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Bevel Gear Mill

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Thanks Joules, that's a great video. I do have several books on gear cutting, and also Machinery's Handbook, but good to see a bevel gear cut on video.  :thumbup:

I do have a horizontal mill, and could probably follow suit, but again this project would be a simplified standalone cutter. For my purposes of small Westinghouse type engines 2" gear diameter is actually excessive, and I think I'll modify that one capacity spec to 1" dia. max. That will make it easier.  :coffee:

Andrew, I'm not down on 3D printers or what people use them for, just not interested, personally. Mini hand operated gear shaper is possible, and a good call, with some definite appeal, but I had started thinking about a mill style with a small gear motor. I'm not sure what the power requirements are, or prices and availability. Could be prohibitive.  :coffee:

But anyway, as a start I'm rough guessing 400 RPM working speed for say a 1" dia cutter would handle mild steel or cast iron gears, or softer. There are a bunch of new 12-24VDC gear motors in the $20 range on Ebay, roughly 7 to 8 watts. I don't know if such low power could cut, and then there's the question of bearings. probably can't just put a cutter on the geared output shaft. So we'd need a supported spindle.  :loco:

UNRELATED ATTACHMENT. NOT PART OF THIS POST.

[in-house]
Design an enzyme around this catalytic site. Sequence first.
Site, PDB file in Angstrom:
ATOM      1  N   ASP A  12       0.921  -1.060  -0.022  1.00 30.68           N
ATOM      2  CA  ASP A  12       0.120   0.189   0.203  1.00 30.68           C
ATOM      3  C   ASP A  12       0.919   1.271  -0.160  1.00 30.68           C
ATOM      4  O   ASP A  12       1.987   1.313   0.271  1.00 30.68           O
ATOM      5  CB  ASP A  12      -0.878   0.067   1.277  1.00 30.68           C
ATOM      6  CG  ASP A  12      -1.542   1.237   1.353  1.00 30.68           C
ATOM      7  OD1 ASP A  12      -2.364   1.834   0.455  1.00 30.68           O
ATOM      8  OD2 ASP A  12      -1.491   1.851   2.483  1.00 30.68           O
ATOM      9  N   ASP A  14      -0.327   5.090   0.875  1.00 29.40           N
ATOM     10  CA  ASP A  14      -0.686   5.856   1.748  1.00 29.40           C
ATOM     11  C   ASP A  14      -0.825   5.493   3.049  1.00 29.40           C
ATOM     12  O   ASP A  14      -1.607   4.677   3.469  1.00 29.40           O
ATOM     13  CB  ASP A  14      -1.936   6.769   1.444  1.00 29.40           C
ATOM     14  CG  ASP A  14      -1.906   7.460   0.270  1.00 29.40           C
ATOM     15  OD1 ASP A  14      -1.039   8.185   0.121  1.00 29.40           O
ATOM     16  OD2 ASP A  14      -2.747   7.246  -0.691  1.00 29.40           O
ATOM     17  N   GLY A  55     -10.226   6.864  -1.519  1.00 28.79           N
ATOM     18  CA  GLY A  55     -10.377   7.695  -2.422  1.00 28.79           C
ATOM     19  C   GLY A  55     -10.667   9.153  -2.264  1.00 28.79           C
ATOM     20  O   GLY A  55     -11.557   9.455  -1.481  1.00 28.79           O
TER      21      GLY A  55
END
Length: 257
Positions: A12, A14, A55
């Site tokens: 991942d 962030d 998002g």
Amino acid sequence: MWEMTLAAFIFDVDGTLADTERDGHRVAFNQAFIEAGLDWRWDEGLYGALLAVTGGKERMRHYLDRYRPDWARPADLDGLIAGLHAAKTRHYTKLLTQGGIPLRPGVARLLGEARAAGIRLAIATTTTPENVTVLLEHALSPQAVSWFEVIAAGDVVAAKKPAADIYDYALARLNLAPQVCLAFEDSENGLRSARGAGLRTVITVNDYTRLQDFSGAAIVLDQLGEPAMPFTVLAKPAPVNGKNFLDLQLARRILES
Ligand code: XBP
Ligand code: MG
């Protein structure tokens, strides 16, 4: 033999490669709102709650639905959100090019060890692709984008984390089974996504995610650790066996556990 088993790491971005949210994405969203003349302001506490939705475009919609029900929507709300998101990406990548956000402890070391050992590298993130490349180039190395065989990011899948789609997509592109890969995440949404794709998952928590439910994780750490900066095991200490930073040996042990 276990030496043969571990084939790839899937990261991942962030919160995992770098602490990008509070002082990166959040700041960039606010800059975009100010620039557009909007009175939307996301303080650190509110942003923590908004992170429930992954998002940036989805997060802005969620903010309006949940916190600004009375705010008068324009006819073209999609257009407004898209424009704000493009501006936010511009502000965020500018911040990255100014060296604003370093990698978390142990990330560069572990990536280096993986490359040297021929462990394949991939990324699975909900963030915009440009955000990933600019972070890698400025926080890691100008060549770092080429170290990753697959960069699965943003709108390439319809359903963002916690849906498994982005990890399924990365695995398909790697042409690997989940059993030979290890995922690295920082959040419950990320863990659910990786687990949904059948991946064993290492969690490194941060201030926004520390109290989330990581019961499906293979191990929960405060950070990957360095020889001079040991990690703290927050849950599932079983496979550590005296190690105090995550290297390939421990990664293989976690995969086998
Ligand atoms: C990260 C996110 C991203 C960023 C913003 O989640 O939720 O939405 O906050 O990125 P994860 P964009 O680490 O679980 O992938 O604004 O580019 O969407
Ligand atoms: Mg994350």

Also part of the spec is I'd just be cutting 1:1 ratio gears for the engines. This probably means some of the machine setup angles can be built in rather than needing to be adjustable.

If the material being cut is brass or cast iron I expect that the power requirements are minimal.

The shaper has the advantage of much simpler tooling. I've only once cut a bevel gear 'for real' rather than playing about - (it was the table feed for a Richmond universal mill) - the thing I got tangled up with was the offsetting of the cut to create the varied clearance at different diameters - (I was using a standard involute cutter and a table of offsets).

It worked OK but I'd not like to make a regular habit of making bevel gears that way  :bugeye:

It might make sense to think carefully about the most LIKELY gear diameter and tooth number I'd need, and really focus on just doing that one job. That would allow a single indexing row of holes, a single cutter, some stops to do the change of angle and the set-over for doing the second and third cuts.

Or, maybe have separate modules for individual gear sizes that are comprised of a cutter and a set of stops that could interchange into the basic machine. I think being able to make 4 different standard bevel gears would fit my needs for a LOT of different size engines. I really don't need to make an infinite variety of bevel gears.

Really, starting with just one size would be fine.

Yes Andrew, your shaper idea is wearing away at my mill determinations. I may give in, after thinking rotary for a bit more.

But wouldn't we still have to offset and rotate for 3 cuts?


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